At a global entertainment company, for example, the growth of European operations was being hindered by the lack of a consistent suite of reports across all regions. A governance model was created to manage BI centrally across business and IT, and each country’s head of operations took responsibility for solution adoption. Despite differing levels of operational maturity in each region, the BI solution was successful because there was business ownership at the top, and because there was collaboration between business and IT from the start of the initiative.
Step Three: Developing Flexibility
Finally, flexibility needs to be infused throughout the business design—not just looking at current needs but also looking at what the business will require in the future based on the business Unsuccessful BI programs have one major mistake in common: They approach BI as either a business issue or a technology issue when in fact it is both. 3 model and strategic direction. To keep the solution fresh and relevant, it’s imperative to develop flexible data models capable of addressing future business requirements and organisational change without the need for significant BI redesign.
As the solution is developed in line with benefits realisation, opt for agile development methodologies that pull business and IT teams together to identify the requirements, prioritise what is built first, develop the solution, and test and tweak it so that in a 12-week period (instead of many months) you have rapid delivery of relevant solution components.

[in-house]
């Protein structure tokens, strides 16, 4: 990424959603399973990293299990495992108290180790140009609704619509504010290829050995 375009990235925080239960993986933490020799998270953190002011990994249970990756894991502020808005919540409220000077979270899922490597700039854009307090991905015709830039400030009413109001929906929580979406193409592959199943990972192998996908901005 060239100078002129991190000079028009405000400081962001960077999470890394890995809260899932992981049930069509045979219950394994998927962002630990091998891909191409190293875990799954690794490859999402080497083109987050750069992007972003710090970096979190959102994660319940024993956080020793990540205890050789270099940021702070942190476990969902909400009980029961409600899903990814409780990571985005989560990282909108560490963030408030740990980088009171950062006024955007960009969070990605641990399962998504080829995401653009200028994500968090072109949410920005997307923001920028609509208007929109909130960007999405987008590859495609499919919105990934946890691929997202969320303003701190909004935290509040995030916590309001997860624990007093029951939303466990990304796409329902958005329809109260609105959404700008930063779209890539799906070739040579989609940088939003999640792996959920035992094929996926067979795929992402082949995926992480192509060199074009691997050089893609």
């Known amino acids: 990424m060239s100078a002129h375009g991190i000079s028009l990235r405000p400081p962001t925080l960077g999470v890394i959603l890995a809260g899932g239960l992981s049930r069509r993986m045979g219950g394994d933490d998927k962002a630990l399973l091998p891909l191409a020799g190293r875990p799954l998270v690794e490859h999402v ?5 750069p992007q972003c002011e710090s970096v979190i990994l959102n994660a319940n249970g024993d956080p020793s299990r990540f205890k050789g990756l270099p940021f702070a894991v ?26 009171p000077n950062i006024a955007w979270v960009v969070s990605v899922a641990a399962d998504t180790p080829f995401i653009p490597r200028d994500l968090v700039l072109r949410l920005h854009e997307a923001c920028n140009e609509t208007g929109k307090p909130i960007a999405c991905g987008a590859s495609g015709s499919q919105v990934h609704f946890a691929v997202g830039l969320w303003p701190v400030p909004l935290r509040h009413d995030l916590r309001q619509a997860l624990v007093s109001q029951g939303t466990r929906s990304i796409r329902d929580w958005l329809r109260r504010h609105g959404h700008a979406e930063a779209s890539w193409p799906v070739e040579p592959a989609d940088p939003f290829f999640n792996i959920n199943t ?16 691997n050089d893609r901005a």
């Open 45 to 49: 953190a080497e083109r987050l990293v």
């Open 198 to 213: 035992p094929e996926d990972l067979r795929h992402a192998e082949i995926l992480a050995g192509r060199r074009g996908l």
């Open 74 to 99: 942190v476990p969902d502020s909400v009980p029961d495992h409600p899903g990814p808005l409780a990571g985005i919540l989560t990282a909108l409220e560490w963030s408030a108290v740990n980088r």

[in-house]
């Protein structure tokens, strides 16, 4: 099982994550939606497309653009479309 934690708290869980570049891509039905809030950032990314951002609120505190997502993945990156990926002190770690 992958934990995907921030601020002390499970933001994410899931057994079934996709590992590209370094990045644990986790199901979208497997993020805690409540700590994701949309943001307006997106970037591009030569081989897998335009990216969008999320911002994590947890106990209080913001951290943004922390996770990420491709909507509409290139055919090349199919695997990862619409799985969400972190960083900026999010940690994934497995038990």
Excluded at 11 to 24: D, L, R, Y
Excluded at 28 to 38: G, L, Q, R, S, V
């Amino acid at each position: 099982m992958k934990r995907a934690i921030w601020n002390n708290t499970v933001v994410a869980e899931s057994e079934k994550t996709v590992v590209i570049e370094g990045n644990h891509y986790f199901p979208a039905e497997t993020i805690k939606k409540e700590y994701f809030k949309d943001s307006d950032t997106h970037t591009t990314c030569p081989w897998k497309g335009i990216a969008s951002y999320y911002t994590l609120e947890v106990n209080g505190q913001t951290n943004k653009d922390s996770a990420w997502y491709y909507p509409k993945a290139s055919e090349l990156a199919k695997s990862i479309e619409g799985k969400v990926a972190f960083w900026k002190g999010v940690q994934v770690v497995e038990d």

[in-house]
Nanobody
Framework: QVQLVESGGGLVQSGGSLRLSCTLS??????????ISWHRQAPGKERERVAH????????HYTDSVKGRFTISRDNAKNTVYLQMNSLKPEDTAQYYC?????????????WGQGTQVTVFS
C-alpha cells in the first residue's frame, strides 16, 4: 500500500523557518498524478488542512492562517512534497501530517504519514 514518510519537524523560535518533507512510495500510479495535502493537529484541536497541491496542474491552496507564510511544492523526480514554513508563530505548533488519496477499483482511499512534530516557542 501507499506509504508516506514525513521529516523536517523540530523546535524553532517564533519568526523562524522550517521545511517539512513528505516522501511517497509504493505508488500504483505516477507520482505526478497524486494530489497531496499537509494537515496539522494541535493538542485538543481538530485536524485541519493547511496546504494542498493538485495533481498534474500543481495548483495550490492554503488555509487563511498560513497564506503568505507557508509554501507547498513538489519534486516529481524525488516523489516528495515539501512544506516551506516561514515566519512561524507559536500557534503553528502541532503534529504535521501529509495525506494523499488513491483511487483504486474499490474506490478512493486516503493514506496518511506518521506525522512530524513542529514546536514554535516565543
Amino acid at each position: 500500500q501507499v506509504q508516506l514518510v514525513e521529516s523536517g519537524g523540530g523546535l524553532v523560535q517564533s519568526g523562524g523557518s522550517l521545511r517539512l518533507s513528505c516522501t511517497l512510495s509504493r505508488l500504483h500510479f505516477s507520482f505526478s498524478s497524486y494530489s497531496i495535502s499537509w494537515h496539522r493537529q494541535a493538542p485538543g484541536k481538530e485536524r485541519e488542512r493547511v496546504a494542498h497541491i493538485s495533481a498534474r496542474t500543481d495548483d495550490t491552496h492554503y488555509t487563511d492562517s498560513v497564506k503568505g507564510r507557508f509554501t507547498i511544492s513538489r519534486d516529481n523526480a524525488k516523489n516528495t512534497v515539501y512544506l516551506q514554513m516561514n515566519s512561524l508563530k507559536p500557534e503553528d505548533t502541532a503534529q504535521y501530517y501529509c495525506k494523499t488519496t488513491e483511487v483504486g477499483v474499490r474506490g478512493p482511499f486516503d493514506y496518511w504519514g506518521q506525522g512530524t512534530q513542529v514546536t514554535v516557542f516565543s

Consider the consumer goods company that needed to develop a BI solution to capture near-term savings while creating flexibility to meet the future needs of their rapidly changing organisation. They looked beyond their current structure to consider how their BI data model, master data, and hierarchies could be developed to provide flexible analysis as the business changed. The design was further future-proofed by linking the BI plan to other ongoing and planned business and IT projects to ensure they had a portfolio-wide view of potential future organisational change.
After the Build: Sustaining Your BI System
Of course, you’re not done once your BI system is built. Your business will change, new requirements will come through, and if you’re not careful your system can quickly fall into disrepair, directly affecting the desired benefit realisation. So, how do you coordinate and prioritise new requirements? How do you know what to build and how to build it? How do you monitor the effectiveness of the system to make sure it remains relevant over the years?
Whether physical or virtual, a Center of Excellence or BI Competency Center comprised of people who understand the company’s business and IT can help you monitor user adoption and benefits realisation, and drive enterprise-wide standardisation of your BI solution as technology improves and changes to your business inevitably occur.
Tap both your business and IT resources to create a benefits-led business case that has senior level support and is flexible enough to grow as your business evolves.
More than ever, developing superior Business Intelligence is an essential component of success. To avoid the most common mistakes companies make in developing BI, tap both your business and IT resources to create a benefits-led business case that has senior level support and is flexible enough to grow as your business evolves. The result will be a successful BI program that delivers the right information to guide your executive team in making decisions to help your organisation prosper.